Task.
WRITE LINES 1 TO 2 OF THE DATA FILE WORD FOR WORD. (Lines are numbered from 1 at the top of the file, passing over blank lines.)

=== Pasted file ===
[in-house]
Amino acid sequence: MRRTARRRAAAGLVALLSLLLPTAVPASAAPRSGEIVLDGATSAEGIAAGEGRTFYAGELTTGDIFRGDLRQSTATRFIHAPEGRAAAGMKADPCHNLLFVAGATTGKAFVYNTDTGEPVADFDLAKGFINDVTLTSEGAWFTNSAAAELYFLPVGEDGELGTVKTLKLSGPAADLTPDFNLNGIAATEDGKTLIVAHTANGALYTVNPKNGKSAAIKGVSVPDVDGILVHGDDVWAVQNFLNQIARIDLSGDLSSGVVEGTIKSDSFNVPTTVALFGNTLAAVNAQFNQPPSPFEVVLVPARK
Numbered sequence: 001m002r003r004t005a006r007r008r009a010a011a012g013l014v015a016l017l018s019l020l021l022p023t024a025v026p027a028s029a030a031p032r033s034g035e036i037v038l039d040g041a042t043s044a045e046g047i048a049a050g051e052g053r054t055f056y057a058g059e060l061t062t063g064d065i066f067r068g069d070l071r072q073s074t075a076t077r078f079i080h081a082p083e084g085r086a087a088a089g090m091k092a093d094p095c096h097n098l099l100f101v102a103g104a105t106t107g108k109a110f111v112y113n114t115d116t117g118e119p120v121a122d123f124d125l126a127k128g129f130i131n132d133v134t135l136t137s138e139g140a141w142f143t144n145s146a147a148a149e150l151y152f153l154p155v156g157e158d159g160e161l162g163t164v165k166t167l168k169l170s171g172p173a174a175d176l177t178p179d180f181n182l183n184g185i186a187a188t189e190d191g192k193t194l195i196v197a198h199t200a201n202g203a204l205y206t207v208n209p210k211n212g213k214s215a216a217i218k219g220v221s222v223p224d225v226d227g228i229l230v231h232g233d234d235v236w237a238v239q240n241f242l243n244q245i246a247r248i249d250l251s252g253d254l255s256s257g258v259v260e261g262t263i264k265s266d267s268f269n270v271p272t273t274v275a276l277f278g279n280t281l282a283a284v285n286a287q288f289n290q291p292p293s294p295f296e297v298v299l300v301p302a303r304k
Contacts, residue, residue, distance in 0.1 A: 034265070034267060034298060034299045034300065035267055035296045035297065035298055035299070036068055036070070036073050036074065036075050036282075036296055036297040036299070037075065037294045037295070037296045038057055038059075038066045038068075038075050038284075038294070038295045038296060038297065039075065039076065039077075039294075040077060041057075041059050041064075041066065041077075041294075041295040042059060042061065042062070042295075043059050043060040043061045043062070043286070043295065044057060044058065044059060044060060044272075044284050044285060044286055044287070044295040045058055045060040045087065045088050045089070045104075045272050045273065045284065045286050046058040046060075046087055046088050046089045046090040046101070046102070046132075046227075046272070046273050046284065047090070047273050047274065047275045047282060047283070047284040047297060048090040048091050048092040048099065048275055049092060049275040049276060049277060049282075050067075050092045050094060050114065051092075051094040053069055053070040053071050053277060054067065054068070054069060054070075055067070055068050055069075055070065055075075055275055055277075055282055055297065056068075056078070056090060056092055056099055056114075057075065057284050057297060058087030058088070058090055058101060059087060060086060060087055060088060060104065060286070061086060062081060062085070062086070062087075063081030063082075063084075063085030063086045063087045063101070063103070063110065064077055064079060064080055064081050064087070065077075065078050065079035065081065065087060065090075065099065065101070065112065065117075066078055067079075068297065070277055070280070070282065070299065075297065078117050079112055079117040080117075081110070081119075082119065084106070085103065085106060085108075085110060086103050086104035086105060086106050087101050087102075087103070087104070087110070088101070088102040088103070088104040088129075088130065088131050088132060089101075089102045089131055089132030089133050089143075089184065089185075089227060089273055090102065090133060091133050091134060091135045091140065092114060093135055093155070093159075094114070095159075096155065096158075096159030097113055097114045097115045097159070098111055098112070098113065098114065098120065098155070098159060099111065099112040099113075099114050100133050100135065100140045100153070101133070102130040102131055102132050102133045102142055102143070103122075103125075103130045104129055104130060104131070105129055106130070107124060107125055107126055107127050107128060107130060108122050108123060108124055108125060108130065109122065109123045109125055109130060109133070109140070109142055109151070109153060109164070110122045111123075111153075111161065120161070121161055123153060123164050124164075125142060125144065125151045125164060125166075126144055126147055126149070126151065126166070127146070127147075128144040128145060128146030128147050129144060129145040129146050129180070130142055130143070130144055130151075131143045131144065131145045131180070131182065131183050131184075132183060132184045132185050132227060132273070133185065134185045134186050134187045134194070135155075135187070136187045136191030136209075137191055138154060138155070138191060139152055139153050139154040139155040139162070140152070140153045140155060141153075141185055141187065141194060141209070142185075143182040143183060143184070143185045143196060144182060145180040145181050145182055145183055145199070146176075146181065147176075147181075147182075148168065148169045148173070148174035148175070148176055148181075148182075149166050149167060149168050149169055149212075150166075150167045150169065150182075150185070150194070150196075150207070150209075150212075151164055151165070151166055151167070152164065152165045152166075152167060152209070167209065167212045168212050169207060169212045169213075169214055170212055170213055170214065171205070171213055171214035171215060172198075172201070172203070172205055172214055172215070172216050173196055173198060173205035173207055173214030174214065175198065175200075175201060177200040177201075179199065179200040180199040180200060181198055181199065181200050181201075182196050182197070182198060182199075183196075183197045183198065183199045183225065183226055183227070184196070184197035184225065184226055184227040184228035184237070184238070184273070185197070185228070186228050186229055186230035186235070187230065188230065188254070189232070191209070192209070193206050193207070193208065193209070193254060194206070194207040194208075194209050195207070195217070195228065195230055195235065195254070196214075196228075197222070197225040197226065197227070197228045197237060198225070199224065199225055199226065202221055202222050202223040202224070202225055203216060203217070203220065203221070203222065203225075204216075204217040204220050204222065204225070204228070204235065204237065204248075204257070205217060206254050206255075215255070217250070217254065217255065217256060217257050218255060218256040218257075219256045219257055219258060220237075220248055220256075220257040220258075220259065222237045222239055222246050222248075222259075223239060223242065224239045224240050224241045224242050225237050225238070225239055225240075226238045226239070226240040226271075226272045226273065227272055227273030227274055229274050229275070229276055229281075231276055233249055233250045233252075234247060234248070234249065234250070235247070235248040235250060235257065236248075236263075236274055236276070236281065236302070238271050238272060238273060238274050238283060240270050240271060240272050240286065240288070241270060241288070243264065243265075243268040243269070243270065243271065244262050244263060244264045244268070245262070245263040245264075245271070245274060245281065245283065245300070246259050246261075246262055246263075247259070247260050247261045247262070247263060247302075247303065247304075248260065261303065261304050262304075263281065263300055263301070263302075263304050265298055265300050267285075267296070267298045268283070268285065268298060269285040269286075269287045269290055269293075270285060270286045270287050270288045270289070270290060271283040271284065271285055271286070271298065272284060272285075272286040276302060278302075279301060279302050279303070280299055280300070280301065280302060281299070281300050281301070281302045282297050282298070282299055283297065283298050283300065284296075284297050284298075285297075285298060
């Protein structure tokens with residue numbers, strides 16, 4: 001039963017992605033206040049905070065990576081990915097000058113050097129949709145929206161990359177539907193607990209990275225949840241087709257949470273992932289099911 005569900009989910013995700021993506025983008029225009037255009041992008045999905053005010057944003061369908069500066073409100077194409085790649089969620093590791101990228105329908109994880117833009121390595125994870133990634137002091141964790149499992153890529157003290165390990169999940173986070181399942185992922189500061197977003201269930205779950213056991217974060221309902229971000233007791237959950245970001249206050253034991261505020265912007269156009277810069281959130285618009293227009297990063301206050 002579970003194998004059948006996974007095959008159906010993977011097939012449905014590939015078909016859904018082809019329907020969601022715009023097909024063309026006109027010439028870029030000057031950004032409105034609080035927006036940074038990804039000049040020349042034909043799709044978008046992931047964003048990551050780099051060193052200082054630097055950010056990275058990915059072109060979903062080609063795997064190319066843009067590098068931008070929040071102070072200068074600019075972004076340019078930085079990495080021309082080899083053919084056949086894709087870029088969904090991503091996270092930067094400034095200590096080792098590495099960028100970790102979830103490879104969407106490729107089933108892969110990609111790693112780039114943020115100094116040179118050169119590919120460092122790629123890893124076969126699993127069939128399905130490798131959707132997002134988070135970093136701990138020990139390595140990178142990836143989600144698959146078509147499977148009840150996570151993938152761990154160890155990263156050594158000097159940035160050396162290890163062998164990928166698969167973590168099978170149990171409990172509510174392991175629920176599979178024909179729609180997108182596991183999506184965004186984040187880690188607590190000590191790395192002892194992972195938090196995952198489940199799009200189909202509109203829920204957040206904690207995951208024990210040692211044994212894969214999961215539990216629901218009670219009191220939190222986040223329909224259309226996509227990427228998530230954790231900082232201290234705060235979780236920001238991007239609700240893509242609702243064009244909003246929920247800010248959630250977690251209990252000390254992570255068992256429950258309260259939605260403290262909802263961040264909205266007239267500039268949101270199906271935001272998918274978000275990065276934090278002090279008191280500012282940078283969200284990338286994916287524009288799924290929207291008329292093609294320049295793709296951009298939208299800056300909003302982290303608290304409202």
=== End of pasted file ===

[in-house]
Amino acid sequence: MRRTARRRAAAGLVALLSLLLPTAVPASAAPRSGEIVLDGATSAEGIAAGEGRTFYAGELTTGDIFRGDLRQSTATRFIHAPEGRAAAGMKADPCHNLLFVAGATTGKAFVYNTDTGEPVADFDLAKGFINDVTLTSEGAWFTNSAAAELYFLPVGEDGELGTVKTLKLSGPAADLTPDFNLNGIAATEDGKTLIVAHTANGALYTVNPKNGKSAAIKGVSVPDVDGILVHGDDVWAVQNFLNQIARIDLSGDLSSGVVEGTIKSDSFNVPTTVALFGNTLAAVNAQFNQPPSPFEVVLVPARK